The workforce is rapidly evolving, with microcredentials emerging as a powerful tool to provide industry professionals with the knowledge and competencies for high-demand jobs. In the present, microcredentials are expanding across BC and Canada. And in the future, you can expect them to be a common and flexible pathway for recent graduates and industry professionals at all stages of their careers.
Why? Because microcredentials are reinventing how you can upskill or reskill to stay ahead of the curve in the workplace. Rather than being confined to a full-time or part-time program that may take months or years to complete, microcredentials are abridged offerings that let you add recognizable digital badges to your resumé and LinkedIn profile as soon as you complete the program.
Certificates, diplomas, and degrees remain as relevant as ever, but microcredentials have proven to be a great new addition—enabling new graduates, professionals, and job seekers to get the in-demand skills they need to find gainful employment in today’s digital and sustainable economy.
What are microcredentials?
By definition, microcredentials meet three criteria:
- They’re short: By providing high-quality, just-in-time programming, microcredentials enable you to hone the skills needed in today’s job market at an accelerated pace.
- They’re modular: You can customize your education by taking microcredentials on a one-off basis or bundling them together. BCIT microcredentials are for-credit and ladder towards a degree or diploma program.
- They’re relevant: Within a matter of weeks, you can add a digital badge to your resumé or LinkedIn profile to show organizations that you have relevant, of the moment, and specialized skills ’re ready to work.
There’s already plenty of precedent for the success of microcredential programs. The Higher Education Quality Council of Ontario reports that 60% of employers have more confidence in a prospective employee who’s obtained one or more of these highly specialized, highly applicable competencies.
How are microcredentials offered at BCIT?
Much like all the other courses and programs at BCIT, microcredentials are designed with industry input, and led by instructors who are also real-world professionals—and because class sizes tend to be smaller, there are lots of opportunities for one-on-one learning. These programs are also streamlined, building expertise in a single area over a handful of sessions and ending with an assessment that awards you with credit.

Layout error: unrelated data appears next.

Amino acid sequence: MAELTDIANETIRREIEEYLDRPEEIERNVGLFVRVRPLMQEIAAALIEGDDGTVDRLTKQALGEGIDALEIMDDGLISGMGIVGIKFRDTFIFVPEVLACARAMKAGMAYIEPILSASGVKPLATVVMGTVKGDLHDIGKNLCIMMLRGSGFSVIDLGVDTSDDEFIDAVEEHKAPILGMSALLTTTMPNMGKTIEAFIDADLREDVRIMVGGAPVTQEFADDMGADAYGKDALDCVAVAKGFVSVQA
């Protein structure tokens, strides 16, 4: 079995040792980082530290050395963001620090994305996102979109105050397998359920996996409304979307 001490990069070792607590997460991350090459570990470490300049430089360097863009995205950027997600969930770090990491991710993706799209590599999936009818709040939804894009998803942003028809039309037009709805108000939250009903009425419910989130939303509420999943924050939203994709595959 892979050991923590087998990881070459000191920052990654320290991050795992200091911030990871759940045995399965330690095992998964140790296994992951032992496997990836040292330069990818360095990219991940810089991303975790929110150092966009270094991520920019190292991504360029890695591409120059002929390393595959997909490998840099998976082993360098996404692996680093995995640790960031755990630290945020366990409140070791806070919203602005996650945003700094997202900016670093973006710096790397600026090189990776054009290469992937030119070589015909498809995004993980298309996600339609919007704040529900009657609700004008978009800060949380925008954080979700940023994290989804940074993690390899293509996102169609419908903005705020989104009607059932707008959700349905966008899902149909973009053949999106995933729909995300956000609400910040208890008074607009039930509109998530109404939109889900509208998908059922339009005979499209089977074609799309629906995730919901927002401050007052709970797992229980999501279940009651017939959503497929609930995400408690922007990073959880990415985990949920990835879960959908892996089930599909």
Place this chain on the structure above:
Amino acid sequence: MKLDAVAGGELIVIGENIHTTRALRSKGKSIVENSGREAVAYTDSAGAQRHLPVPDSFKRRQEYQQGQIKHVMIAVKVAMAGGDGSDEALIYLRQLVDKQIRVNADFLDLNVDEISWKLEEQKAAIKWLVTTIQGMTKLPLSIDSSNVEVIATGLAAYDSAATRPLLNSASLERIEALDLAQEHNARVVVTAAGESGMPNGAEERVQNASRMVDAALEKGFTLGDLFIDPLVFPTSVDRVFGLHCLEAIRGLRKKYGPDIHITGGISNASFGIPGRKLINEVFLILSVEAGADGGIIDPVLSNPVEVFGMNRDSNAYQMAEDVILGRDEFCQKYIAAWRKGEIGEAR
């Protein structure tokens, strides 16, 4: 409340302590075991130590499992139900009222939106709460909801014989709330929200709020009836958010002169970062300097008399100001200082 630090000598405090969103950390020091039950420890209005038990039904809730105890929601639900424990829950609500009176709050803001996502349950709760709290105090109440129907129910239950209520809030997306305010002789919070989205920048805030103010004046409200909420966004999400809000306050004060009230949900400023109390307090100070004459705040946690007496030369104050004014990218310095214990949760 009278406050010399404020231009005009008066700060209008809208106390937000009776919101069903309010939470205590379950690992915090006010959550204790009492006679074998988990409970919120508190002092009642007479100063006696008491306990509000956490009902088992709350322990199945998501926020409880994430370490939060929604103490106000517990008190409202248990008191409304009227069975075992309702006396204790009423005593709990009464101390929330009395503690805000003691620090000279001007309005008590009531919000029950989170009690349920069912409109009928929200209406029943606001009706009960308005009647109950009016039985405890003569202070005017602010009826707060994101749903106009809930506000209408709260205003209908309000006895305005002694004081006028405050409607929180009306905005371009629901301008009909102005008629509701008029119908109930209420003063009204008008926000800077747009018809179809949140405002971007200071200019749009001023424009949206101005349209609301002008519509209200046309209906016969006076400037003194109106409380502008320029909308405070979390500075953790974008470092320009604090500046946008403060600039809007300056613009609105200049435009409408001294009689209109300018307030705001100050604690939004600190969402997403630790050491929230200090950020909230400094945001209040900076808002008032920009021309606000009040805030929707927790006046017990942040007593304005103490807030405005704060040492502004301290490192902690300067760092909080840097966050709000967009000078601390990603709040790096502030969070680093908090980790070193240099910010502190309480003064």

In 2021, BCIT launched three microcredentials programs:
- Digital Transformation acquaints students with key business technologies.
- Essentials of Natural Resource and Environmental Protection (MENREP) helps students in the natural resources sector navigate the impacts of climate change.
- Introductory Studies in Mass Timber Construction teaches a specific mode of modelling and building.
Now, 10 new microcredentials at BCIT have received the provincial government’s stamp of approval:
- Advanced Forensic Nurse Examiner provides medical practitioners with the legal know-how to be consulted for expert testimony in court cases.
- Applied Circular Economy: Zero Waste Buildings equips you with a unique understanding of how to eliminate carbon emissions from construction.
- Breast Sonography is a great way for certified registered general sonographers to support and specialize in women’s health.
- Communication for Team-based Collaboration positions you to champion diversity and inclusion in the workplace through collaborative group work.
- Cybersecurity Analysis for Network Administrators lets you take your IT skills to the next level by spotting, analyzing, and stopping security threats.
- Developing Preventive Controls and HACCP Plans prepares you for broader health-based, strategic decision making in the food processing industry.
- Essential Field Skills for Environmental Professionals helps anyone working in the wilderness learn identification, sampling, and safety techniques.
- Intro to Forest Health Quantification Using RPAS trains you as a drone operator so you can assess ecological health by collecting data in the sky.
- Musculoskeletal Sonography offers an opportunity to learn a specific type of imaging—and take your learnings to the workplace.
- Supervising Net-Zero and Passive House Buildings Construction differentiates you in the construction space as the world strives for energy efficiency.
Who are microcredentials for?
The people who benefit most from microcredentials are those who want to enhance their education and professional experience in a way that’s affordable, flexible, and quickly shareable. That could be anybody—from students and recent post-secondary graduates who are eager to join the workforce, to current employees who want to future-proof their careers, to job seekers who want to upskill or reskill in order to embark on a new career path.
But microcredentials aren’t limited to those groups. You can’t go wrong with a digital badge that shows organizations you have unique knowledge, competency, and understanding in a certain area. And because most microcredentials are modular, any credits you acquire can ladder up to a larger certificate, degree, or diploma if that’s the direction you choose to go.
Making the most of microcredentials
The world is changing rapidly as organizations adopt new technologies and adapt to new environmental risks—and that means the Canadian economy and job market are changing too. Microcredentials give you the ability and the agility to stay current.
It’s estimated that 80% of all job openings in BC will require some post-secondary education over the next decade. If you’re looking for robust, competitive credits from a reputable institution, but aren’t sure about investing substantial time and money on a full-time or part-time program, microcredentials might be your best—and next—move.